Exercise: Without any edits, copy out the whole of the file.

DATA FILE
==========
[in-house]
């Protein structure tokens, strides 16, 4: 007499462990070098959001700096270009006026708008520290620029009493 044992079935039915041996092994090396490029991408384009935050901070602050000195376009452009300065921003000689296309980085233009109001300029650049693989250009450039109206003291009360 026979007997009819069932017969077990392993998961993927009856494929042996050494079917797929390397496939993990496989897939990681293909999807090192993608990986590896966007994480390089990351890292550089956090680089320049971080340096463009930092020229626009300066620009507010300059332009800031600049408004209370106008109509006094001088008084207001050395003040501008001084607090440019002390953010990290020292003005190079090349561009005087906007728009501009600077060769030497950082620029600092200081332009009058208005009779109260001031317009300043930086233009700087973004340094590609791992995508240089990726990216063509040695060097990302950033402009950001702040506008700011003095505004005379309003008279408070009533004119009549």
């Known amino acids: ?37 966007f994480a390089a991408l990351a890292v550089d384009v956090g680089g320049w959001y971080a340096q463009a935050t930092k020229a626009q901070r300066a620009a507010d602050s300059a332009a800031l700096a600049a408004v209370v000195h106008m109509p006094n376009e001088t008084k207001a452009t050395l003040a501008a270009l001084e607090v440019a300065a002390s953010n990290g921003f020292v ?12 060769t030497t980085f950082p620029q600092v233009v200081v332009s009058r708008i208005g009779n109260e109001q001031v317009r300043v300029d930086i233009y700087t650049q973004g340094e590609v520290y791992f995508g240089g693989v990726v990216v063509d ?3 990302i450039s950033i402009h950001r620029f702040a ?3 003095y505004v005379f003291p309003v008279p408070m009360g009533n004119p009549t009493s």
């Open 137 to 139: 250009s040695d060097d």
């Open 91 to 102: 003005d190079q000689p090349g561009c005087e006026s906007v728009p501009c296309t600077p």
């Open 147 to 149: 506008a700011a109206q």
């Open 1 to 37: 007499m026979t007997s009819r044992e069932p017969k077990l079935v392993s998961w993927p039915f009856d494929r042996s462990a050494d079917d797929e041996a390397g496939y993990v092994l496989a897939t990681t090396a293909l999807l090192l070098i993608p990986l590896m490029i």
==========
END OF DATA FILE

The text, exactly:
[in-house]
């Protein structure tokens, strides 16, 4: 007499462990070098959001700096270009006026708008520290620029009493 044992079935039915041996092994090396490029991408384009935050901070602050000195376009452009300065921003000689296309980085233009109001300029650049693989250009450039109206003291009360 026979007997009819069932017969077990392993998961993927009856494929042996050494079917797929390397496939993990496989897939990681293909999807090192993608990986590896966007994480390089990351890292550089956090680089320049971080340096463009930092020229626009300066620009507010300059332009800031600049408004209370106008109509006094001088008084207001050395003040501008001084607090440019002390953010990290020292003005190079090349561009005087906007728009501009600077060769030497950082620029600092200081332009009058208005009779109260001031317009300043930086233009700087973004340094590609791992995508240089990726990216063509040695060097990302950033402009950001702040506008700011003095505004005379309003008279408070009533004119009549």
């Known amino acids: ?37 966007f994480a390089a991408l990351a890292v550089d384009v956090g680089g320049w959001y971080a340096q463009a935050t930092k020229a626009q901070r300066a620009a507010d602050s300059a332009a800031l700096a600049a408004v209370v000195h106008m109509p006094n376009e001088t008084k207001a452009t050395l003040a501008a270009l001084e607090v440019a300065a002390s953010n990290g921003f020292v ?12 060769t030497t980085f950082p620029q600092v233009v200081v332009s009058r708008i208005g009779n109260e109001q001031v317009r300043v300029d930086i233009y700087t650049q973004g340094e590609v520290y791992f995508g240089g693989v990726v990216v063509d ?3 990302i450039s950033i402009h950001r620029f702040a ?3 003095y505004v005379f003291p309003v008279p408070m009360g009533n004119p009549t009493s």
């Open 137 to 139: 250009s040695d060097d």
């Open 91 to 102: 003005d190079q000689p090349g561009c005087e006026s906007v728009p501009c296309t600077p």
């Open 147 to 149: 506008a700011a109206q």
């Open 1 to 37: 007499m026979t007997s009819r044992e069932p017969k077990l079935v392993s998961w993927p039915f009856d494929r042996s462990a050494d079917d797929e041996a390397g496939y993990v092994l496989a897939t990681t090396a293909l999807l090192l070098i993608p990986l590896m490029i």